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Thursday, June 5, 2014

Elizabeth Brumfiel, American archaeologist, died she was 76.

Elizabeth M. Brumfiel  was an American archaeologist who taught at Northwestern University and Albion College. She had been a president of the American Anthropological Association  died she was 76..
Brumfiel conducted an archaeological project at the site of Xaltocan in Mexico starting in 1987. Before that, she participated with Richard Blanton at Monte Alban in Mexico and directed research at the Mexican sites of Xico and Huexotla.
Her publications focused on gender, political economy, and the relationship between these areas of scholarship. She also worked to show how archaeology, as an academic discipline, is connected to other fields of anthropology and to other disciplines such as gender studies and political science.
In 2006, conservative author David Horowitz listed her among America's 100 most dangerous professors because of her strong voice on social justice and human rights. She died at a Skokie, Illinois hospice in 2012.[1]


(born Elizabeth Stern; March 10, 1945 – January 1, 2012)


Biography

Early life

Brumfiel was born in Chicago, Illinois and attended Evanston Township High School. She participated as a Peace Corps volunteer in La Paz, Bolivia in 1966-1967.

Education

Professional Life

  • 2008-2009 Lead Curator, "The Aztec World" presented at the Field Museum of Natural History in Chicago, Illinois.
  • 2003-2005 President, American Anthropological Association
  • 2000-2002 Distinguished Lecture, Sigma Xi
  • 1995-1997 Editorial Committee, Annual Review of Anthropology
Brumfiel was one of the first scholars to examine the role of women in Aztec culture through their interactions. Brumfiel studied how these interactions evolved over time through food preparation methods as well as textile manufacturing. “Mexican archeologists respected her very strongly,” said Gabriela Vargas-Cetina, an anthropology professor at Autonomous University of Yucatán, in Mérida, Mexico. Brumfiel also served on the editorial boards of Latin American Antiquity and Ancient Mesoamerica. She helped found the World Council of Anthropological Associations and held strong feminist and liberal views. Brumfiel taught at Albion College in Michigan for 25 years before joining Northwestern alumni in 2003.

Family Life

Brumfiel and her husband, Vincent, have a son, Geoffrey.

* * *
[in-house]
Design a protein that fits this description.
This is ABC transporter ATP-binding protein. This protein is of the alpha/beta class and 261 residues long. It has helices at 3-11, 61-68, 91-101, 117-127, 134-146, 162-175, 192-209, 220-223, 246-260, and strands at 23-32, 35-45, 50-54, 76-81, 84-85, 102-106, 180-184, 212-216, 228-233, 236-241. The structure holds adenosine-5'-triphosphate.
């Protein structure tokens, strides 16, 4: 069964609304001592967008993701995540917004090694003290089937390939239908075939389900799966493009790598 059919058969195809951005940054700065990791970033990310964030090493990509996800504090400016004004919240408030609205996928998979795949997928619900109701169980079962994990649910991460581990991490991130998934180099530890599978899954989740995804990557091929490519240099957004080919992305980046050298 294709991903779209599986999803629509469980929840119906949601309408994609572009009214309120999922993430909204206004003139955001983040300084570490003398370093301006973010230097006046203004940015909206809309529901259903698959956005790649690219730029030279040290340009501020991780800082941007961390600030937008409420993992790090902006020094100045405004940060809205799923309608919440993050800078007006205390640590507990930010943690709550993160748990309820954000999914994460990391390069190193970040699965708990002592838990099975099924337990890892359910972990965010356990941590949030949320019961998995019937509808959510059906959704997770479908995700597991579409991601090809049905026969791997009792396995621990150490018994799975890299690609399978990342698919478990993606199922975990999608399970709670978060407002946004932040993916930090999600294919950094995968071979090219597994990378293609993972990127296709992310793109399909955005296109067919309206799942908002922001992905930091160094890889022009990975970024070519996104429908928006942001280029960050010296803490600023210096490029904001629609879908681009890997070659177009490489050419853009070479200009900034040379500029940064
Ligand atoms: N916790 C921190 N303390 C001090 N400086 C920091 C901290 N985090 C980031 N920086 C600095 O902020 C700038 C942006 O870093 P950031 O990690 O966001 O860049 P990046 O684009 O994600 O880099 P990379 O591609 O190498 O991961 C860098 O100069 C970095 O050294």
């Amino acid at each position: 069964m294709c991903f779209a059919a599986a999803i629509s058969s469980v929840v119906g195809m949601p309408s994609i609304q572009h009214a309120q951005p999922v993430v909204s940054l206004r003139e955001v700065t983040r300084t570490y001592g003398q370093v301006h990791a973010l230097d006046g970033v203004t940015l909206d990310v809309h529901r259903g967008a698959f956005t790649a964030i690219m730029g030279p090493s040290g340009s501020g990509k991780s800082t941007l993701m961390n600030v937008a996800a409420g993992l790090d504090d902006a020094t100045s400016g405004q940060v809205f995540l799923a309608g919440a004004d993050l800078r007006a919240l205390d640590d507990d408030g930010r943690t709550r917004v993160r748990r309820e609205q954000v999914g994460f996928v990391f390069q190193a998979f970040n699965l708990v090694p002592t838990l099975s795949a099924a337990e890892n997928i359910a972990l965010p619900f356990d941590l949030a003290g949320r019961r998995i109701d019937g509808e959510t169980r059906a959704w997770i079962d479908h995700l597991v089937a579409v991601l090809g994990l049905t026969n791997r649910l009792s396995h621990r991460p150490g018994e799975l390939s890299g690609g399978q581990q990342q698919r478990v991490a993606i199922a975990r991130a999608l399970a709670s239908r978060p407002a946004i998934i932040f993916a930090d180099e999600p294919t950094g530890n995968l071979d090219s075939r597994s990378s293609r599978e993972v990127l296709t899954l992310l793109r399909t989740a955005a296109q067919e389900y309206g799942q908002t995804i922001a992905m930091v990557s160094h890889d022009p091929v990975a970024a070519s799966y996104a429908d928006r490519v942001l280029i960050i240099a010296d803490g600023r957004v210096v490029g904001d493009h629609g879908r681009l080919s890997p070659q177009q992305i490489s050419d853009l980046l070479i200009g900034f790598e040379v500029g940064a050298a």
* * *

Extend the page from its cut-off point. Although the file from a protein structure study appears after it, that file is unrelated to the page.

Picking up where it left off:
Significant Works

Edited Volumes

  • 2010 Gender, Households, and Society: Unraveling the Threads of the Past and the Present (Cynthia Robin, co-editor) Wiley-Blackwell.
  • 2008 The Aztec World (Gary M. Feinman, co-editor) Abrams.
  • 2008 Specialization, Exchange and Complex Societies (Timothy K. Earle, co-editor) Cambridge University Press.
  • 2005 La Producción Local y el Poder en el Xaltocan Posclásico -- Production and Power at Postclassic Xaltocan Instituto Nacional De Antropologia e Historía
  • 2003 Factional Competition and Political Development in the New World (John W. Fox, co-editor) Cambridge University Press.
  • Alien bodies, everyday people, and internal spaces: Embodiment, figurines and social discourse in Postclassic Mexico (with Lisa Overholtzer). In C. Halperin, K. Faust, and R. Taube, eds. in press
  • Mesoamerica. In The Oxford Handbook of Archaeology, C. Gosden and B.
Cunliffe, eds. Oxford: Oxford University Press. in press.

Journal Entries

  • Gender, cloth, continuity and change: Fabricating unity in anthropology.
American Anthropologist 108:861-877. in press .
  • Methods in Feminist and Gender Archaeology: A Feeling for Difference—and Likeness. In The Handbook of Gender in Archaeology, S.M. Nelson, ed., pp.31-58. Walnut Creek, CA: Altamira. 2006
  • Opting In and Opting Out: Tula, Cholula, and Xaltocan. In Settlement and Subsistence in Early Civilizations: Essays reflecting the contributions of Jeffrey R. Parsons, R.E. Blanton and M.H. Parsons, eds, pp. 63–88. Los Angeles: Cotsen Institute of Archaeology, University of California, Los Angeles.20. 2005.
  • Materiality, Feasts, and Figured Worlds in Aztec Mexico. In Rethinking Materiality, E. DeMarrais, C. Gosden, and C. Renfrew, eds., pp. 225–37. Cambridge: McDonald Institute for Archaeological Research. 2005.

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